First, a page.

“Diane has done an outstanding job as director of The Hamilton Project, developing and promulgating policies to advance inclusive economic growth,” said Robert Rubin, co-founder of The Hamilton Project and former secretary of the U.S. Treasury. “The Institute for Policy Research shares The Hamilton Project’s values of promoting serious, evidence-based solutions to our nation’s challenges. I am confident that she will excel in her new role at Northwestern.”
Schanzenbach also has testified before Congress on multiple occasions, the last of which took place on June 28 when she discussed education research and student privacy before a subcommittee on K-12 education of the House Committee on Education and the Workforce.
“Diane has the rare combination of exceptional research talent and the remarkable ability to explain research findings to many audiences, from policymakers to members of the media to people in business and industry,” Figlio said.
Some of her most influential work to date has investigated the effects of food stamps, a federal program launched in 1964 and now known as the Supplemental Nutrition Assistance Program, or SNAP. In a series of articles, the most recent of which was published in the American Economic Review in 2016, she and her coauthors evaluated food stamps’ influence on various factors, including participation in the labor force, how recipients used their food vouchers and the program’s significant impact on improving children’s long-run health and educational outcomes.
Another notable research stream for Schanzenbach evaluates the impact of policies that influence resources and incentives in schools. In a forthcoming article in the American Economic Journal: Applied Economics with University of California, Berkeley economists Julien Lafortune and Jesse Rothstein, she examines how more progressive school funding affects students’ test scores.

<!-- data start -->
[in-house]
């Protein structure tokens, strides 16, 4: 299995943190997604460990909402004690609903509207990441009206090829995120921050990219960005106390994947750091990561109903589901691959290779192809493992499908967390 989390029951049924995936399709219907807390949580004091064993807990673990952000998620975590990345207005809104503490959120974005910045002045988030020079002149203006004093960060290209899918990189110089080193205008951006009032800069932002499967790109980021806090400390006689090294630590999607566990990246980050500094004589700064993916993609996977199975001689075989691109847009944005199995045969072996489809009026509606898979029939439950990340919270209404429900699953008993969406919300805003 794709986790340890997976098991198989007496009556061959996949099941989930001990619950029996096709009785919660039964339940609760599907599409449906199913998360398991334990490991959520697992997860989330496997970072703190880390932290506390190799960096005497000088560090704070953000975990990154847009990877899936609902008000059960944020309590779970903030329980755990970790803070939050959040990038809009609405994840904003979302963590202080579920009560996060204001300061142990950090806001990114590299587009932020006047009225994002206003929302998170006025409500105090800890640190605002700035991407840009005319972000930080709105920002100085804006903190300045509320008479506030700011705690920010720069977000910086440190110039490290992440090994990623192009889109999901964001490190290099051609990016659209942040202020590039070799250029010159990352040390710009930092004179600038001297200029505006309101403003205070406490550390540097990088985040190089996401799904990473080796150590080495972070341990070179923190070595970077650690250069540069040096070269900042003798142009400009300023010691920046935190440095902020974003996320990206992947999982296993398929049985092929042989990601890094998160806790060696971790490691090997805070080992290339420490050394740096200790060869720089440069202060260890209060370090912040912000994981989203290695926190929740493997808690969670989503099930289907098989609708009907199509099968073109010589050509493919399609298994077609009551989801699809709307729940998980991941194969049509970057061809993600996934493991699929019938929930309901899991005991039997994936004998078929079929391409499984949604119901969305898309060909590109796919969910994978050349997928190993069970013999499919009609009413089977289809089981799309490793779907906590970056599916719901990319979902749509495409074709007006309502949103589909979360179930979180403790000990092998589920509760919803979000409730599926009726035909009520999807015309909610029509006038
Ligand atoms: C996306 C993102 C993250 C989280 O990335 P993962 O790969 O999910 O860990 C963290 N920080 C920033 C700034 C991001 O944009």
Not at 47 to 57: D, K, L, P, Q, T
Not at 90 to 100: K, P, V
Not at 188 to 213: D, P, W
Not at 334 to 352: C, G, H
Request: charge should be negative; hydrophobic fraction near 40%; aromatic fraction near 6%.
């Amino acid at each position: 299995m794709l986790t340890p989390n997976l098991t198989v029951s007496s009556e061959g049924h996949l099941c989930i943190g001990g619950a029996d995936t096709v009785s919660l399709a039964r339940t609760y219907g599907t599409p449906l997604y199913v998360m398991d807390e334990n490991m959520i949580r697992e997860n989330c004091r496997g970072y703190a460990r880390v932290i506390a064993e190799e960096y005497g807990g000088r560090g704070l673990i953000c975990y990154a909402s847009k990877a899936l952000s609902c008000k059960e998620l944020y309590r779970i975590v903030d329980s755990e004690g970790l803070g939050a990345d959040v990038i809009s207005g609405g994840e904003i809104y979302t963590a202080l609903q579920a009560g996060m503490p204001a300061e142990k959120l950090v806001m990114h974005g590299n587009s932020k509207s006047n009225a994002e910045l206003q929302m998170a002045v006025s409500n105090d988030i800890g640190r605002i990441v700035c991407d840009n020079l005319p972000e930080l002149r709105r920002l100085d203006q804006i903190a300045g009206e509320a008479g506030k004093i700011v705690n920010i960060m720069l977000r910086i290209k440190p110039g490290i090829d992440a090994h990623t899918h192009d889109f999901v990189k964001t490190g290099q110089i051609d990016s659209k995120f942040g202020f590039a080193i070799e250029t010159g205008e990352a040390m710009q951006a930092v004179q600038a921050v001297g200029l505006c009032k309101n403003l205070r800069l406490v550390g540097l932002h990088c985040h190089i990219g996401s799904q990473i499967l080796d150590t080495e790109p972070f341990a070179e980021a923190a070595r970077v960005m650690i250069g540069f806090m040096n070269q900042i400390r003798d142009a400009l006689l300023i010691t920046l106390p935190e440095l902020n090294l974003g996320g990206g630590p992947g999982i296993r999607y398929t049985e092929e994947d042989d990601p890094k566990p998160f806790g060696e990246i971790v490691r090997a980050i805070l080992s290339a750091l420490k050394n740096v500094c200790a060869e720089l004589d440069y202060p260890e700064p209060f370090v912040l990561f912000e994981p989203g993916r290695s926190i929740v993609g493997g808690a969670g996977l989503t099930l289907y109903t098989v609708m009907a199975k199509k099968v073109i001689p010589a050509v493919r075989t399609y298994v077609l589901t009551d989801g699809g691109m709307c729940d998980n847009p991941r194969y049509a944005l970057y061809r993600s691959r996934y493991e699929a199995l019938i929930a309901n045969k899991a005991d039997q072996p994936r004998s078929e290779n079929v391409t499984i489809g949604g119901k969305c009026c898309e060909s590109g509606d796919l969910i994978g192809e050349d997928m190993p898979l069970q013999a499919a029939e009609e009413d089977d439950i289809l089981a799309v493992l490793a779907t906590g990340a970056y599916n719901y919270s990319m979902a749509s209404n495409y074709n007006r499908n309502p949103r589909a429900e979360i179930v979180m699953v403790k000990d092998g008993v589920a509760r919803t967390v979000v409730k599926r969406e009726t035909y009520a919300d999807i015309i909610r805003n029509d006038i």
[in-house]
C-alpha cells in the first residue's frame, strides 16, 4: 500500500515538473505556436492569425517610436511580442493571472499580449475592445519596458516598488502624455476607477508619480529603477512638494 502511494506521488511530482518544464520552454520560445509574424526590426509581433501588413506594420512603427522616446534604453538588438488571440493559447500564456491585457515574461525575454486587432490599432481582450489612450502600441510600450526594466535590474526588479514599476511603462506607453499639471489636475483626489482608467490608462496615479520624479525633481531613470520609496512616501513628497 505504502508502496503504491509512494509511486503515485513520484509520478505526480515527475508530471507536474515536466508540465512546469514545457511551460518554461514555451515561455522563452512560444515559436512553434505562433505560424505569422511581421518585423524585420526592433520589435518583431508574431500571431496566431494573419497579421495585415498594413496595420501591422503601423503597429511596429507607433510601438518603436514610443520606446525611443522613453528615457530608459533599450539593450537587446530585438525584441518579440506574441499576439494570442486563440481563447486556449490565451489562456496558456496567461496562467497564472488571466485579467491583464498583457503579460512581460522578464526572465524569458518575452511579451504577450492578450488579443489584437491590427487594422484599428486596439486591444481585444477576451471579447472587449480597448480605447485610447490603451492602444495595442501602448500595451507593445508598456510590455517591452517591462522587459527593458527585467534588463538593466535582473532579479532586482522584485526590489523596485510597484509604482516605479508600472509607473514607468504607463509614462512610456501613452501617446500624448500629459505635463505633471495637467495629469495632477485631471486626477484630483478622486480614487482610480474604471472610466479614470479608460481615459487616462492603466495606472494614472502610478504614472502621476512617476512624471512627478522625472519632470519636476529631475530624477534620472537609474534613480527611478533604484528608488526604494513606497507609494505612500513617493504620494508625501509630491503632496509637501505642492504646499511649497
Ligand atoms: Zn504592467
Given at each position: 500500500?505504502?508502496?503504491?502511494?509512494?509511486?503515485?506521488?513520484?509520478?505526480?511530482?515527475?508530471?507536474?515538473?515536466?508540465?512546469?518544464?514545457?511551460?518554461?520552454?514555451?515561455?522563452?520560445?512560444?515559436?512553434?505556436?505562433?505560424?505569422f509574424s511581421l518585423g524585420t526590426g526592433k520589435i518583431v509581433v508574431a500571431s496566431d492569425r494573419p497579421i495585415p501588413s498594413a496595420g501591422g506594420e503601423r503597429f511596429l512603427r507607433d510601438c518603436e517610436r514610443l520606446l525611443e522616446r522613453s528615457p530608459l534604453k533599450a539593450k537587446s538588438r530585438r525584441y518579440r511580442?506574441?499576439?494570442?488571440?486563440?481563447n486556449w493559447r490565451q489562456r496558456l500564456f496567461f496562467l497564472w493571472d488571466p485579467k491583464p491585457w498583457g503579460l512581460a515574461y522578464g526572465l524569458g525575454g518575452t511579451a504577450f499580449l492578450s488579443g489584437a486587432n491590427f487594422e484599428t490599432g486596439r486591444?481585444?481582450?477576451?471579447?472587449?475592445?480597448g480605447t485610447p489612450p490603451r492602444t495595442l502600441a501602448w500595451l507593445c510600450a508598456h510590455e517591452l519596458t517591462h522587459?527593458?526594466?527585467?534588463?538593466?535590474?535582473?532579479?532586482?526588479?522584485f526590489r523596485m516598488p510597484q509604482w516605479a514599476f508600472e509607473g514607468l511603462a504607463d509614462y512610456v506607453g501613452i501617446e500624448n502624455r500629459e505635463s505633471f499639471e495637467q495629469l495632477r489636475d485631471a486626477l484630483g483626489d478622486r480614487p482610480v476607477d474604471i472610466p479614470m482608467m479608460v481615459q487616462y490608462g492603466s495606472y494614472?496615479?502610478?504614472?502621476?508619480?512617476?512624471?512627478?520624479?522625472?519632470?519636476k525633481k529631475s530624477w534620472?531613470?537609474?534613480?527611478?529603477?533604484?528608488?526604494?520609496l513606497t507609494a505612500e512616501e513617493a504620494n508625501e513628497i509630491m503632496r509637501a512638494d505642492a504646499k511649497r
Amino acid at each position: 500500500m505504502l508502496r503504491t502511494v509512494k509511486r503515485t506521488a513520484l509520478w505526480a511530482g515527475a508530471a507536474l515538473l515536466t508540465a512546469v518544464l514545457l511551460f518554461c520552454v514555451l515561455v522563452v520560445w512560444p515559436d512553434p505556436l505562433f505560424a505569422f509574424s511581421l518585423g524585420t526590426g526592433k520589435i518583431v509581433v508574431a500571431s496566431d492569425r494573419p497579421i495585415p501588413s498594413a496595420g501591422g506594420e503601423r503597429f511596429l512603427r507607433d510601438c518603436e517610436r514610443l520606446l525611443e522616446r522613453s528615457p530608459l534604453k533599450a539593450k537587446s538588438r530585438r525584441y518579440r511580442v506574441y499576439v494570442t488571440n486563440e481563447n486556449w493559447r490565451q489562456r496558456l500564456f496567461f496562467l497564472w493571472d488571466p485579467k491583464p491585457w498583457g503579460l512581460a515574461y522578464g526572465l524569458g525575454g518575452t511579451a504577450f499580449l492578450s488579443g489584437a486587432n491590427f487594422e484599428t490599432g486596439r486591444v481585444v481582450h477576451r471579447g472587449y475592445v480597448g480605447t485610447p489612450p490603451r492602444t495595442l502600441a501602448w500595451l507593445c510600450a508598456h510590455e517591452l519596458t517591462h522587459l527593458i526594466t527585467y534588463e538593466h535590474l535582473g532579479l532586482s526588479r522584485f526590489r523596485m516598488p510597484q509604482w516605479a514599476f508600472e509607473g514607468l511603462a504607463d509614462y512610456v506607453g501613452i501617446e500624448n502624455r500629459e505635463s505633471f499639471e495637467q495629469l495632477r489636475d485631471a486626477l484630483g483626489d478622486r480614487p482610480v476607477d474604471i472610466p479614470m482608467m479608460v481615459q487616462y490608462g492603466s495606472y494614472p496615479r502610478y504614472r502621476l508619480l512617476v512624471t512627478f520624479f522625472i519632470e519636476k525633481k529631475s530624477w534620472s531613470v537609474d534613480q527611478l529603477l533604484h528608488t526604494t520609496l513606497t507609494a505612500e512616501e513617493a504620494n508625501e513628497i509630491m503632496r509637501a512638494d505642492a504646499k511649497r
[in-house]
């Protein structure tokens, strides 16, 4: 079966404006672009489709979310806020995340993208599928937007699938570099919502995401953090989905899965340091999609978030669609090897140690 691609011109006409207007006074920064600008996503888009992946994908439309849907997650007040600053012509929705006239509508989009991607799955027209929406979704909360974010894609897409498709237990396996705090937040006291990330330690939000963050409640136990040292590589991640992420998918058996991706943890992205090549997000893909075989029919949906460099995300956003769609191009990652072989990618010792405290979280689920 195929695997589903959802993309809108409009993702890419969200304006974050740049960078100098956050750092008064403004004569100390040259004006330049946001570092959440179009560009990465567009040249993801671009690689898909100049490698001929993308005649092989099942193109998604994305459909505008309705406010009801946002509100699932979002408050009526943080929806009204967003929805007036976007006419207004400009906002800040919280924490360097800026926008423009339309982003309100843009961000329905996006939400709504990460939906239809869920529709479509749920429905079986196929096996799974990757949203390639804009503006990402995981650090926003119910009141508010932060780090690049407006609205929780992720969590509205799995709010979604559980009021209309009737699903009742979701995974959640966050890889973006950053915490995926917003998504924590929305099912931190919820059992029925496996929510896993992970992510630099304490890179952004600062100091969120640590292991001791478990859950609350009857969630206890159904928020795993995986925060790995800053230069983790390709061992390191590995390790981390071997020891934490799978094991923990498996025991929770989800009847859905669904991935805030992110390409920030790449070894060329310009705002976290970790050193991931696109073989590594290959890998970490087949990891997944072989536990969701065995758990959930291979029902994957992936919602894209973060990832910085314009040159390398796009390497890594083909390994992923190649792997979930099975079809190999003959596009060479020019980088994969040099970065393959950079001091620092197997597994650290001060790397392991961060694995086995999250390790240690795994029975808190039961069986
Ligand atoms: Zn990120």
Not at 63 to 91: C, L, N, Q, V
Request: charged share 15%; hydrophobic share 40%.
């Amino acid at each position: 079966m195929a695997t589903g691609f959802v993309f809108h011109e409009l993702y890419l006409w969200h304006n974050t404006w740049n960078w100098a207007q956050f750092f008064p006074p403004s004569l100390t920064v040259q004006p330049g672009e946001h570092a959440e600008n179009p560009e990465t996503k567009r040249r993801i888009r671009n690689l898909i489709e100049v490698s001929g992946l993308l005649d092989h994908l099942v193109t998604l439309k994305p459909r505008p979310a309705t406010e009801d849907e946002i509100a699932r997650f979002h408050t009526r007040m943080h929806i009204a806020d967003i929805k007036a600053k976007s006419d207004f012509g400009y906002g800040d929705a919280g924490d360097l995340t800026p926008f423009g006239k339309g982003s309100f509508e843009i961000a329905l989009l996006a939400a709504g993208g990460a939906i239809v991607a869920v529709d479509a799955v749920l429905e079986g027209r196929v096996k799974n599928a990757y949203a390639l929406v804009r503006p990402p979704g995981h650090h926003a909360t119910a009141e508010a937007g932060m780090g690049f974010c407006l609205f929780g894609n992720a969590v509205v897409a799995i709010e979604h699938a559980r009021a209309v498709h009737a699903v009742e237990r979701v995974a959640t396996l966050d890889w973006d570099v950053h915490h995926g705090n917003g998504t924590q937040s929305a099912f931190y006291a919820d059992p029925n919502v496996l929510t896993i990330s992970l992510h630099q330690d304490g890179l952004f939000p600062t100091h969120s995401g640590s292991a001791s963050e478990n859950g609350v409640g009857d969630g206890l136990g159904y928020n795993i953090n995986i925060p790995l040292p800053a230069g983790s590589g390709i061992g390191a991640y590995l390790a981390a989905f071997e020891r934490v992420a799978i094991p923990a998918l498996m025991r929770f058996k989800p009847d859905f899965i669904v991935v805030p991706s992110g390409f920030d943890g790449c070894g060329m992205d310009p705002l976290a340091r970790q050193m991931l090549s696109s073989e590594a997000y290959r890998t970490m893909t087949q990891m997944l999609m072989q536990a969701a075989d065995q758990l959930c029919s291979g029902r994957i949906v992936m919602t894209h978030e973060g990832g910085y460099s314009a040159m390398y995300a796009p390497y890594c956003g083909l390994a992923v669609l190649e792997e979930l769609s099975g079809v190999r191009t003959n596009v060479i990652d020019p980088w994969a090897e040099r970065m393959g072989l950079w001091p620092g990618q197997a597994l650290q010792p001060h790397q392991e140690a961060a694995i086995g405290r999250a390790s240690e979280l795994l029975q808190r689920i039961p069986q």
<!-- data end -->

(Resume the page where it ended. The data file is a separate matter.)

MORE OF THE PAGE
Schanzenbach is a member of IPR’s executive committee and chair of its research program on child, adolescent, and family studies. She is also a research associate at the National Bureau of Economic Research, a research associate at the Institute for Research on Poverty at the University of Wisconsin-Madison and a visiting scholar at the Federal Reserve Bank of Chicago.
She received her B.A. from Wellesley College and Ph.D. from Princeton University, both in economics. From 2002 to 2004, she was a Robert Wood Johnson Foundation Scholar in health policy research at the University of California, Berkeley.
Her research has received funding from the U.S. Department of Agriculture, U.S. Department of Education, Spencer Foundation and Smith-Richardson Foundation. Her studies have been published in some of the nation’s top journals, such astheQuarterly Journal of Economics, American Economic Journal: Applied Economics, the Review of Economics and Statistics and the Journal of Human Resources, among others.
“Now, more than ever, we need to produce evidence of unimpeachable quality and to convey this evidence successfully to disparate groups,” Figlio said. “The combination of IPR and Diane Schanzenbach will make a big difference in our country and the world.”
For more information about Diane Whitmore Schanzenbach, and to learn more about IPR, visit her faculty page on the IPR website.